Jenny Saville's earthly and Dantean journey in Florence

Review of the exhibition "Jenny Saville" in Florence, various venues, September 30, 2021 to February 27, 2022.

For some time now, the city of Florence has once again become crucial in the debate on the contemporary, and since September 2021 it has also become the beating heart of former Young British Artist Jenny Saville’s Comedy, a Dantean yet earthly journey dropped into our times, creeping inside the hell of the contemporary. With, on the one hand, an exhibition project contrived as diffuse, and on the other, showing itself with a city that makes a fine show of itself by being touched, punctuated, in the chosen places of art, at the Museo del Novecento, at Casa Buonarroti, at Palazzo Vecchio, in the Church of the Innocenti and at the Museo dell’Opera del Duomo, by Saville’s pantagruelic works. Thus, the entire historic center is littered with his delicate sinopias, slight and accurate drawings, and giant oil paintings that scream. These are gory works at times, where violence is not denied, the body is crucial.

The exhibition, it is true, has ignited some controversy, but it could also be useful for a more heartfelt reflection, posing, perhaps a couple of old and new questions: about the nature of art, for example, the body, feminism, the comparison with art history and the ancient, the return of the human figure in painting. Conceived and curated by Sergio Risaliti, the exhibition tries to do all this. Or rather, does it make sense to have such exhibitions without such assumptions, and in a city like Florence?

Jenny Saville reinvents the city: perhaps this is exactly what one would not want to allow. As if to say that Florence must continually respect its acclaimed reputation as the cradle of the Renaissance, and never break ranks. But we wonder, in an irreverent tone, if art must be something stale, déjà-vu, a vision already known: if it does not break us out of our comfort zone and operate a disruptive shock, what debate does it open if it does not shake up those who contemplate it? If it does not “destabilize” it is not culture.

Allestimenti della mostra Jenny Saville
Exhibition layouts Jenny Saville. Photo by Ela Bialkowska, OKNO Studio
Allestimenti della mostra Jenny Saville
Jenny Saville exhibition layouts. Photo by Ela Bialkowska, OKNO Studio
Allestimenti della mostra Jenny Saville
Jenny Saville exhibition layouts. Photo by Ela Bialkowska, OKNO Studio

We are not talking here about art that has to produce hype and scandal, if it suits the viewer, or if it just rips them a like, that’s a different story: and there are already plenty of exhibitions like that, redundant, with no real cultural bearing. The Saville in Florence, on the other hand, causes discussion precisely at such a delicate historical moment as the one we are living through, while winds of war are blowing just a few miles from us, while Russian ships are transiting the Mediterranean, while women continue to be victims of their men, and children are increasingly orphaned. It is also for these reasons that the issues raised by Jenny Saville’s works prove more urgent than ever, dramatic and within time.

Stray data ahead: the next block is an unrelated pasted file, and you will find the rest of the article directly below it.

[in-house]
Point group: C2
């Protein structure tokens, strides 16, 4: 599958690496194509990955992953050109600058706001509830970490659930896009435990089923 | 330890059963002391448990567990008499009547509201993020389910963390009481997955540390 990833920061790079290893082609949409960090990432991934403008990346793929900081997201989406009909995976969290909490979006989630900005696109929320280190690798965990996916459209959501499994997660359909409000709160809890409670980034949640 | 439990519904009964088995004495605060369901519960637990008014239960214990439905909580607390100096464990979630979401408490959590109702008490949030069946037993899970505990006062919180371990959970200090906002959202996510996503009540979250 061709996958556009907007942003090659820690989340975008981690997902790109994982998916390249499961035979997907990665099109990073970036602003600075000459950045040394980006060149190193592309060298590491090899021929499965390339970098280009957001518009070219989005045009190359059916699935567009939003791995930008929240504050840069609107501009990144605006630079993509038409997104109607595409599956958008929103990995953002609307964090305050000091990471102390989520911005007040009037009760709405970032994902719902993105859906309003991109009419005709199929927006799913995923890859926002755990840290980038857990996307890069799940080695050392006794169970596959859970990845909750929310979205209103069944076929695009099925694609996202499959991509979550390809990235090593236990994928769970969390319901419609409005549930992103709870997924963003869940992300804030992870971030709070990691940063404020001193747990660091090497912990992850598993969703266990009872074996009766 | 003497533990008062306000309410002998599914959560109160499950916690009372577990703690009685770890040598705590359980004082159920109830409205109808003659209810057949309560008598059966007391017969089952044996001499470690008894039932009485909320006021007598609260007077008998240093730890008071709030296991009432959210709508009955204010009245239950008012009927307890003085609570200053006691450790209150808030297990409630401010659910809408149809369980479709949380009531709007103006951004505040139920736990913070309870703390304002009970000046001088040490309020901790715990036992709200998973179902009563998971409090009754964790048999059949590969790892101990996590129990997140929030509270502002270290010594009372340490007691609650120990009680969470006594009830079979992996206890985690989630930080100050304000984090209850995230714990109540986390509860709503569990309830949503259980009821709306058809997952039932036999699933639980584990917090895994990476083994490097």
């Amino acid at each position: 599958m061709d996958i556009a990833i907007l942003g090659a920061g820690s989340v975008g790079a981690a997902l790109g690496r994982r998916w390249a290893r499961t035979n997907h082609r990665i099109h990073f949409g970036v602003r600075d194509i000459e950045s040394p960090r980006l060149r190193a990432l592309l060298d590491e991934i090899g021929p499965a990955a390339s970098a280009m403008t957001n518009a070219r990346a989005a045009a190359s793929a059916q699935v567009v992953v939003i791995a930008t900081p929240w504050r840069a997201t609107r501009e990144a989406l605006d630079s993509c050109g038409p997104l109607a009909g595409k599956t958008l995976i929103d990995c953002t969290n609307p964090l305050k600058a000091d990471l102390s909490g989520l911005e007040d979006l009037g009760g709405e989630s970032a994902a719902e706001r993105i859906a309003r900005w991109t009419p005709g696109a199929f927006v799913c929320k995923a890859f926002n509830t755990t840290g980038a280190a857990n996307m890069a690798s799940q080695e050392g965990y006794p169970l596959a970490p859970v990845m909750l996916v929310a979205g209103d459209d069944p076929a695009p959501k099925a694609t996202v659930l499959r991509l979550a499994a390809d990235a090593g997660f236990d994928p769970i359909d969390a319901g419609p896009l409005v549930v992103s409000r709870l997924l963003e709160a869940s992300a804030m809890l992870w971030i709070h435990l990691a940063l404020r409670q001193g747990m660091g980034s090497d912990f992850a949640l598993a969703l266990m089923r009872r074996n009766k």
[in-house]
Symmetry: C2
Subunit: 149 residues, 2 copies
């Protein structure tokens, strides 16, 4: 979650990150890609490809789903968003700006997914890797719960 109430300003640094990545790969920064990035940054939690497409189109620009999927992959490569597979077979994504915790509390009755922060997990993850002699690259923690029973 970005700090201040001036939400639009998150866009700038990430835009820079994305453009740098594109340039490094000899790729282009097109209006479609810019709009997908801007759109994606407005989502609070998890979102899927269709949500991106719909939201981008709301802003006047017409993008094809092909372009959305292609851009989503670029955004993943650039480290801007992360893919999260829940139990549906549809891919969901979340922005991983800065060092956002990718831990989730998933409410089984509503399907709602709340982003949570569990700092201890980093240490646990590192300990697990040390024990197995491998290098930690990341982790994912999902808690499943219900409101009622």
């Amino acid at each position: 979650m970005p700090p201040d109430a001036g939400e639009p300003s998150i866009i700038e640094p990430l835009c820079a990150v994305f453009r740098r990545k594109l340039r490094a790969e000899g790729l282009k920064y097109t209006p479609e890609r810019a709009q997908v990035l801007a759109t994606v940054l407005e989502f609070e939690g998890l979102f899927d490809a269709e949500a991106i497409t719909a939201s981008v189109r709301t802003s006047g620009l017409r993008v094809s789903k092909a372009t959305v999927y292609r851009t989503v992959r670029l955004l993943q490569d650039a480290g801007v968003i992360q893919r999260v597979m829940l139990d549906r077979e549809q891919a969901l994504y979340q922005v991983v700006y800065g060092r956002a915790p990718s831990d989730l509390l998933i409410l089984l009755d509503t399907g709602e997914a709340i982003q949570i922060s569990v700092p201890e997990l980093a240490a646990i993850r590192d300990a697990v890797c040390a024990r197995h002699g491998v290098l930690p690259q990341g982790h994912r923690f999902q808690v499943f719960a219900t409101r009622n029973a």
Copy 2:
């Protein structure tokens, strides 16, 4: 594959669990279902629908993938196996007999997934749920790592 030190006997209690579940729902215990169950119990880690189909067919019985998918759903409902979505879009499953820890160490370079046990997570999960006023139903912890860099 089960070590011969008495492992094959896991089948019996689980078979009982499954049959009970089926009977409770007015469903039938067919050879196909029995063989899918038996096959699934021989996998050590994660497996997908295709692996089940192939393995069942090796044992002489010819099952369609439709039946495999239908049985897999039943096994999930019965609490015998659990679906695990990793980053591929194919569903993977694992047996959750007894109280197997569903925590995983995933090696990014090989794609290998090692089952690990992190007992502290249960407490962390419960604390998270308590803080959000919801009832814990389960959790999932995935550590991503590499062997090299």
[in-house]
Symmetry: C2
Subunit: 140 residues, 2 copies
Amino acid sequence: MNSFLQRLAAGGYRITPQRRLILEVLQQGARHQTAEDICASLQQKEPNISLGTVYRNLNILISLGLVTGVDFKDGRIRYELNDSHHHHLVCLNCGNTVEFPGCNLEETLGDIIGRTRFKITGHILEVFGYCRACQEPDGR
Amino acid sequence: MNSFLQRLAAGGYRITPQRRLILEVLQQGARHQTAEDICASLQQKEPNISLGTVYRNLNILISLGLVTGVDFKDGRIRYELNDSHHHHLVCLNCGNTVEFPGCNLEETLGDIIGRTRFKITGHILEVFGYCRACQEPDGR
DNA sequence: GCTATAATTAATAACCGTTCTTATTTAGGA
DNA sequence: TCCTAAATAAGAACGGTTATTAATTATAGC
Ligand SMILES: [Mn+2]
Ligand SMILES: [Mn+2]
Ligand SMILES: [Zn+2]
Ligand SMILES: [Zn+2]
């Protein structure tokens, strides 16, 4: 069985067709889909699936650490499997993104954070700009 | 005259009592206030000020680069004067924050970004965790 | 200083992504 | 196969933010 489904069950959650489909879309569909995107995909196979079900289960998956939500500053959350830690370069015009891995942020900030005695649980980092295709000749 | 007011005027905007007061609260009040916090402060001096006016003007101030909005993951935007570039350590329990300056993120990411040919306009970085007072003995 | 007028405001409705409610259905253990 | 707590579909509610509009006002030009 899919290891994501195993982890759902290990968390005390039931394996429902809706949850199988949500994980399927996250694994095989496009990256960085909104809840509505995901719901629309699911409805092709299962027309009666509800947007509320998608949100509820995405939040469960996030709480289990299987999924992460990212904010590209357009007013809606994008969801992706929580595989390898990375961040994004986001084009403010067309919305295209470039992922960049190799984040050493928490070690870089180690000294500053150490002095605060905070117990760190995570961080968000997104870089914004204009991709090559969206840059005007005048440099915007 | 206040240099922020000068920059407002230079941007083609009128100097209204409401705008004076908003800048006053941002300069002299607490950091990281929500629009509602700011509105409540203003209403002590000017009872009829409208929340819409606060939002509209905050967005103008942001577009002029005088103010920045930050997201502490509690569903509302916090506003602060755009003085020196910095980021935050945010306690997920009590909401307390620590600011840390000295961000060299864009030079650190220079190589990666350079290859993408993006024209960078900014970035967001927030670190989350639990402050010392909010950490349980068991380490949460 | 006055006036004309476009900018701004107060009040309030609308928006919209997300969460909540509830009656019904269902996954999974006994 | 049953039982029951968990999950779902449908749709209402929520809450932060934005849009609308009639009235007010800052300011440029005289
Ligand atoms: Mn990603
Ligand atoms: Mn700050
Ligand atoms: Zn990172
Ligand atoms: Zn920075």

One of the major questions the exhibition raises is that of the aesthetic configuration of the work. Does the Aleppo Pieta, for example, Saville’s most emblematic work, just happen to snatch a like from us? Does it pass the litmus test in Italian society? Does it pander to its tastes? Thankfully, no, it is an experiment that Risaliti dares to undertake. Aleppo, the 2018 work, iconographically splits into an envelopment of bodies: the limbs, the clothes, the faces, multiply in an almost cubist dimensionality, and it does so while talking to the Pietà Bandini, one of Michelangelo’s last, left unfinished, placed in the Museo dell’Opera del Duomo, the Pantheon of Florentine sculpture. It is triple work this, drawing, painting, sculpture. It is transfigured reality and art always “veiled,” never erotic or pornographic. It undoubtedly has the flavor of a decidedly Michelangeloesque corporeality, especially with respect to the pyramidal composition that sees the heavy body of Christ supported in vain by Nicodemus. It is certainly a moving image, in either case, today as yesterday.